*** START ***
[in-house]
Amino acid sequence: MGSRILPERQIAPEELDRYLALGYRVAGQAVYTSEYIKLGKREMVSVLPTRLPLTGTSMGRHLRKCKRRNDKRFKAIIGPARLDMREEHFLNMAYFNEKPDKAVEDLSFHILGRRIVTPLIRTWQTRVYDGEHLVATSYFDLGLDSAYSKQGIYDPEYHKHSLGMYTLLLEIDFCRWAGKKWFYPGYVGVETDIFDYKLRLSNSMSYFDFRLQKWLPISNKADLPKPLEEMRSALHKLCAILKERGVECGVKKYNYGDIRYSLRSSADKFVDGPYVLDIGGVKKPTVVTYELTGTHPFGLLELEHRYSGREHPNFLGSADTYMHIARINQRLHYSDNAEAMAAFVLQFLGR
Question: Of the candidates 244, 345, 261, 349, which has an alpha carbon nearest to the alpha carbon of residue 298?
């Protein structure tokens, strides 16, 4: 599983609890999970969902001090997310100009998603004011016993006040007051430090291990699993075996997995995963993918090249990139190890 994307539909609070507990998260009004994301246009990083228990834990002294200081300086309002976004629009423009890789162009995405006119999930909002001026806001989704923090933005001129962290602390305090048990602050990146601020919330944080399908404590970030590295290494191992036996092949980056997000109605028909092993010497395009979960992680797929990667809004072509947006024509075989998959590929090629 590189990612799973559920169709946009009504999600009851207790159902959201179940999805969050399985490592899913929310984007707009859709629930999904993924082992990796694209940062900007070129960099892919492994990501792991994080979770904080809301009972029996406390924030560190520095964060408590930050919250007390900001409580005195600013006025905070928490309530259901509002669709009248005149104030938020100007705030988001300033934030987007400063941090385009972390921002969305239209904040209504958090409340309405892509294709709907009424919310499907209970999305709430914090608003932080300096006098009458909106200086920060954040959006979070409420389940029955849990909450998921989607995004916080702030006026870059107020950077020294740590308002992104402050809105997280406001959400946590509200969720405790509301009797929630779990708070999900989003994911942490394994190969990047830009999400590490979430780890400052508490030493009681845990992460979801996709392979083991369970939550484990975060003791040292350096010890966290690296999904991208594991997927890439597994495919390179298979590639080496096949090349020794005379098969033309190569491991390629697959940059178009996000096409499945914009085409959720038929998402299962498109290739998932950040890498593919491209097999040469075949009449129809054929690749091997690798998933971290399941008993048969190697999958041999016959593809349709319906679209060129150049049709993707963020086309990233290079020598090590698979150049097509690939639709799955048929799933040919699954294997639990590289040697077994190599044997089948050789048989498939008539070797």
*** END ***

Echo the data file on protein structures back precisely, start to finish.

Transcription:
[in-house]
Amino acid sequence: MGSRILPERQIAPEELDRYLALGYRVAGQAVYTSEYIKLGKREMVSVLPTRLPLTGTSMGRHLRKCKRRNDKRFKAIIGPARLDMREEHFLNMAYFNEKPDKAVEDLSFHILGRRIVTPLIRTWQTRVYDGEHLVATSYFDLGLDSAYSKQGIYDPEYHKHSLGMYTLLLEIDFCRWAGKKWFYPGYVGVETDIFDYKLRLSNSMSYFDFRLQKWLPISNKADLPKPLEEMRSALHKLCAILKERGVECGVKKYNYGDIRYSLRSSADKFVDGPYVLDIGGVKKPTVVTYELTGTHPFGLLELEHRYSGREHPNFLGSADTYMHIARINQRLHYSDNAEAMAAFVLQFLGR
Question: Of the candidates 244, 345, 261, 349, which has an alpha carbon nearest to the alpha carbon of residue 298?
């Protein structure tokens, strides 16, 4: 599983609890999970969902001090997310100009998603004011016993006040007051430090291990699993075996997995995963993918090249990139190890 994307539909609070507990998260009004994301246009990083228990834990002294200081300086309002976004629009423009890789162009995405006119999930909002001026806001989704923090933005001129962290602390305090048990602050990146601020919330944080399908404590970030590295290494191992036996092949980056997000109605028909092993010497395009979960992680797929990667809004072509947006024509075989998959590929090629 590189990612799973559920169709946009009504999600009851207790159902959201179940999805969050399985490592899913929310984007707009859709629930999904993924082992990796694209940062900007070129960099892919492994990501792991994080979770904080809301009972029996406390924030560190520095964060408590930050919250007390900001409580005195600013006025905070928490309530259901509002669709009248005149104030938020100007705030988001300033934030987007400063941090385009972390921002969305239209904040209504958090409340309405892509294709709907009424919310499907209970999305709430914090608003932080300096006098009458909106200086920060954040959006979070409420389940029955849990909450998921989607995004916080702030006026870059107020950077020294740590308002992104402050809105997280406001959400946590509200969720405790509301009797929630779990708070999900989003994911942490394994190969990047830009999400590490979430780890400052508490030493009681845990992460979801996709392979083991369970939550484990975060003791040292350096010890966290690296999904991208594991997927890439597994495919390179298979590639080496096949090349020794005379098969033309190569491991390629697959940059178009996000096409499945914009085409959720038929998402299962498109290739998932950040890498593919491209097999040469075949009449129809054929690749091997690798998933971290399941008993048969190697999958041999016959593809349709319906679209060129150049049709993707963020086309990233290079020598090590698979150049097509690939639709799955048929799933040919699954294997639990590289040697077994190599044997089948050789048989498939008539070797």